Australian War Memorial

The Australian War Memorial is a must-see and two of the bus lines go there. It looks simple, almost small from outside, but inside is room after room of artifacts, dioramas, planes, trucks, tanks and information about every major conflict the Australians have had a part in. The courtyard houses an eternal flame along with the Tomb of the Unknown Soldier and two walls of names of soldiers who died in battle.

My last official act as a tourist was to drive (ok, to look out the window as Tim did the driving, which is good since the whole left-side-of-the-road thing would be a disaster for me) past the row of embassies on Adelaide Avenue. Some look like regular homes or office buildings but others are works of art. The Chinese embassy is highly decorated and well maintained, the U.S. embassy could be a mansion from a southern plantation and the High Commission of Papua New Guinea was built as a Haus Tamberan, or Spirit House. This one is a Tim Tour special, as it so happens he grew up in PNG and speaks Pidgin English. Did you even know it was a real language or that they spoke it there? Liar.

We went in and chatted with the ambassador’s assistant (well, they Pigeoned, I smiled and nodded and thought about doing the Bert and Ernie p-p-pigeon dance) then took a peek at all the masks and instruments and other artifacts on display in the visitor’s center. All beautiful stuff.

Nightlife

Well, it’s Canberra. So if you can find a VCR or DVD player, that’s a pretty good plan for an exciting evening. If you’re still riding high from nights out in Sydney or Mellie then try one of these “hot spots” around town.

In the CBD you’ll find several pubs and bars, an art house movie theater and a few decent restaurants. If you want cheap, the Pancake Parlor is nearby and that’s where Tim the Tour Guide took me on my second night for a meal that put IHOP to shame.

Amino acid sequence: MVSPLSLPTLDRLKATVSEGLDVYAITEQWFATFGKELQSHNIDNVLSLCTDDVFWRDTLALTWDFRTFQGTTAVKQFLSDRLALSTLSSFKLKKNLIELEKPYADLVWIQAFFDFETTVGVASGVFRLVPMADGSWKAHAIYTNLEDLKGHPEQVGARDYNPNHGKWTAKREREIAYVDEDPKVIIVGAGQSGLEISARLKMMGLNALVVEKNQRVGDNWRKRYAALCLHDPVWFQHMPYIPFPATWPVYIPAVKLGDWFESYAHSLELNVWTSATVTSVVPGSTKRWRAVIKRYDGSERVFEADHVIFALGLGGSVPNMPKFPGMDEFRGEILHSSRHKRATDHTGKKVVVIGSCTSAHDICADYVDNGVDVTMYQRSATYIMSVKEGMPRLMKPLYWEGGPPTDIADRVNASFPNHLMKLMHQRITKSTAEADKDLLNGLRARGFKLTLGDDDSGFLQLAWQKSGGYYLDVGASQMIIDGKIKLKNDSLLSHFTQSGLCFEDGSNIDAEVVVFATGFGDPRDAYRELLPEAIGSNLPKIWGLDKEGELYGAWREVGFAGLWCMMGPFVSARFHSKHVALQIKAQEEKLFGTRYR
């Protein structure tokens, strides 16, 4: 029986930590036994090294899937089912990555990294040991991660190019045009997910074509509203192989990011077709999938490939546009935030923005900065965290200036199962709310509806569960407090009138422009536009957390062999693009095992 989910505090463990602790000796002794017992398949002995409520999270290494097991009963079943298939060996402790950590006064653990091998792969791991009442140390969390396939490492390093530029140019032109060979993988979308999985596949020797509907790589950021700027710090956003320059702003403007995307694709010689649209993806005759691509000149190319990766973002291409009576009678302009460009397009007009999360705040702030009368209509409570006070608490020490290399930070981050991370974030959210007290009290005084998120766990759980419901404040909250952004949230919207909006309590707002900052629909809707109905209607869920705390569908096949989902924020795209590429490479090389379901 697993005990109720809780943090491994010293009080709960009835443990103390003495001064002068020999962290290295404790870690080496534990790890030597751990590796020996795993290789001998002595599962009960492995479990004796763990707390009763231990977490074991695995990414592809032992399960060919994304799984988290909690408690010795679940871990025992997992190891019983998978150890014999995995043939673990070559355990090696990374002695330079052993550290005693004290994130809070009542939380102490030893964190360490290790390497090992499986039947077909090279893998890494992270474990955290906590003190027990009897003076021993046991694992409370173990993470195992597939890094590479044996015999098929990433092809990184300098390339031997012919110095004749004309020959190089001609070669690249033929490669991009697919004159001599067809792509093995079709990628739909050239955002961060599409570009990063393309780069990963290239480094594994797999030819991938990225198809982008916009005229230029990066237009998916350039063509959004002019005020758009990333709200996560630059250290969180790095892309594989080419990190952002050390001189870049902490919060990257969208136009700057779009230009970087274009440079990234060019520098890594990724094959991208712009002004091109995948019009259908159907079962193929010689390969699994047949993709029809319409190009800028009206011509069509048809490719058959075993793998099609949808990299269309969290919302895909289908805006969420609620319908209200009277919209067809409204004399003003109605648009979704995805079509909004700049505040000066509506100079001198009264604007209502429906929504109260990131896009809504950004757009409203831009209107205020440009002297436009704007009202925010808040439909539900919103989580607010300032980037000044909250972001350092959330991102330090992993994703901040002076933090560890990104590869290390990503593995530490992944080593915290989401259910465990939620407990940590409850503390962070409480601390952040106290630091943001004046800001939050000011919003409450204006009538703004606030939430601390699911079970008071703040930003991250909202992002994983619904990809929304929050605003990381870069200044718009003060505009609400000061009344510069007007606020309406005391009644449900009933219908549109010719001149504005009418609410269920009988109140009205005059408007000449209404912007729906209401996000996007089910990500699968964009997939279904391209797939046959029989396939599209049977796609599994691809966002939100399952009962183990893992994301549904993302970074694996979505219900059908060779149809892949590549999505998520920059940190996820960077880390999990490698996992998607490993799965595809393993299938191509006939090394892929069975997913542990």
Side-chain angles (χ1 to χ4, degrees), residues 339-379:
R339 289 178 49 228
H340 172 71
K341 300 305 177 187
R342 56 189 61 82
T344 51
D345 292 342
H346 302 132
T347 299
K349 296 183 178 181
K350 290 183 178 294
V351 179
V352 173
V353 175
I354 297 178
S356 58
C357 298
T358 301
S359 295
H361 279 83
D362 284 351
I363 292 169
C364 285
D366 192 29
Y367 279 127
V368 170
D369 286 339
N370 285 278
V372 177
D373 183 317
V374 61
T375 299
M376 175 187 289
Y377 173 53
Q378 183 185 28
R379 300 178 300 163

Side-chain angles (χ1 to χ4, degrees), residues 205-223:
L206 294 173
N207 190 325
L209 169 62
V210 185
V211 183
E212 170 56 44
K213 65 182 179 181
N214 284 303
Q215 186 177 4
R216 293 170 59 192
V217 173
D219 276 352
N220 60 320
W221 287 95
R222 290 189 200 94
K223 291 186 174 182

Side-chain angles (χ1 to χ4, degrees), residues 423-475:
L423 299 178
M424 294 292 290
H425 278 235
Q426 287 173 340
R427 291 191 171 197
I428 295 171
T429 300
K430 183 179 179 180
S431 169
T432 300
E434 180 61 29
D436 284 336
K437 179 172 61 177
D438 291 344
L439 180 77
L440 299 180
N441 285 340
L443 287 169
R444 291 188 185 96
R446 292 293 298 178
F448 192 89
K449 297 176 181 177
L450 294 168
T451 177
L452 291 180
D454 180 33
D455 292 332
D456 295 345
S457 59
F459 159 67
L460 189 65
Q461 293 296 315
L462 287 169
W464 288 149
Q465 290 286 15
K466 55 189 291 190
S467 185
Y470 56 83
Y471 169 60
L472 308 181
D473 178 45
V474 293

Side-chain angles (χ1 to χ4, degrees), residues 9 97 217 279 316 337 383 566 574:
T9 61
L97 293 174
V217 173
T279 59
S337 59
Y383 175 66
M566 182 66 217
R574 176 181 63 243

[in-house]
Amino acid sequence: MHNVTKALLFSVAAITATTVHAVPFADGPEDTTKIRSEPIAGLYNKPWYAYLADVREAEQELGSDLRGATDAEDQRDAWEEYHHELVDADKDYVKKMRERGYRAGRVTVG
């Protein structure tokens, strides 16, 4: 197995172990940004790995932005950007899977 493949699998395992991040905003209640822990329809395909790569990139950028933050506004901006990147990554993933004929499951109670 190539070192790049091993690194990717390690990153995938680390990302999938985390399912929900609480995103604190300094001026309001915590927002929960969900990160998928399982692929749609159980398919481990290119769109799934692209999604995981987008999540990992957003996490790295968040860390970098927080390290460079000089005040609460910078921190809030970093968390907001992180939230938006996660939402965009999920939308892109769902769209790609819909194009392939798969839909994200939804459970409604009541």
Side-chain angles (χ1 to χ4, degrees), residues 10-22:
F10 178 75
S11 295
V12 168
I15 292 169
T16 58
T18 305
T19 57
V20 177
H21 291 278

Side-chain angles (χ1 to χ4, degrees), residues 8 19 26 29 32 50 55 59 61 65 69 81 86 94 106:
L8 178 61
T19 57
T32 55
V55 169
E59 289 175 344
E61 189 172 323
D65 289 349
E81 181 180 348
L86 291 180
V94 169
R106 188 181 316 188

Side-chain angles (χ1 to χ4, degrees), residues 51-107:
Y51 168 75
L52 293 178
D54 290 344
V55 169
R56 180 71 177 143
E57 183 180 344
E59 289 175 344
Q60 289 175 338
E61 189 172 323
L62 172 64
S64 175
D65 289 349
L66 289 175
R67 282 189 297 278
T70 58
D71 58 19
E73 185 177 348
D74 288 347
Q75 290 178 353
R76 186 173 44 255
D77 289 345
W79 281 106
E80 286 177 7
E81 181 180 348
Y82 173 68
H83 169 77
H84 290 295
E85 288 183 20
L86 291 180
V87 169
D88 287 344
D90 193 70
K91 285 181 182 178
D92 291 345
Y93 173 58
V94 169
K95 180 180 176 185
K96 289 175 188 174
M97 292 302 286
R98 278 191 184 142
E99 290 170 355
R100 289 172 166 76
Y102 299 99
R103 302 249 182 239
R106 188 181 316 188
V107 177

The Monuka area has a variety of restaurants: Thai, Indian, Italian, Australian (roo burgers and lamb’s brains) and another art house theater. It’s an up-and-coming kind of area with lots of young people sitting outside sipping margaritas and martinis, enjoying the last hours of sunlight.

If you want to keep up the sightseeing after the sun goes down, head to Mt. Ainslie.  During the day you can see all of the big landmarks, but at night the stars look close enough to touch from the lookout and the roos come out to play.

The Telstra Tower is another lookout point. It’s a crazy alien-esque structure that you can see from most places in town. I wouldn’t be at all surprised to see it take off on a mission to Mars, straight out of the hillside.

Canberra Quick Links:

Sightseeing:

Places I Missed, But You Shouldn’t:

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Take a Free Walk in the Park

April 16, 2010

Looking for a cheap way to get some fresh air this month? The U.S. National Park Service has announced that they’re offering free admission during National Park Week, April 17 to 25. Other free days this year are:

  • September 25, 2010
    (Public Lands Day)
  • November 11, 2010
    (Veterans Day)

Normally, 146 of the 392 U.S. national parks charge entrance fees ranging from $3 to $25. The other 246 do not charge for admission.

So hop in a car, hop the border if you have to, and enjoy some free nature.

Find a free national park near you.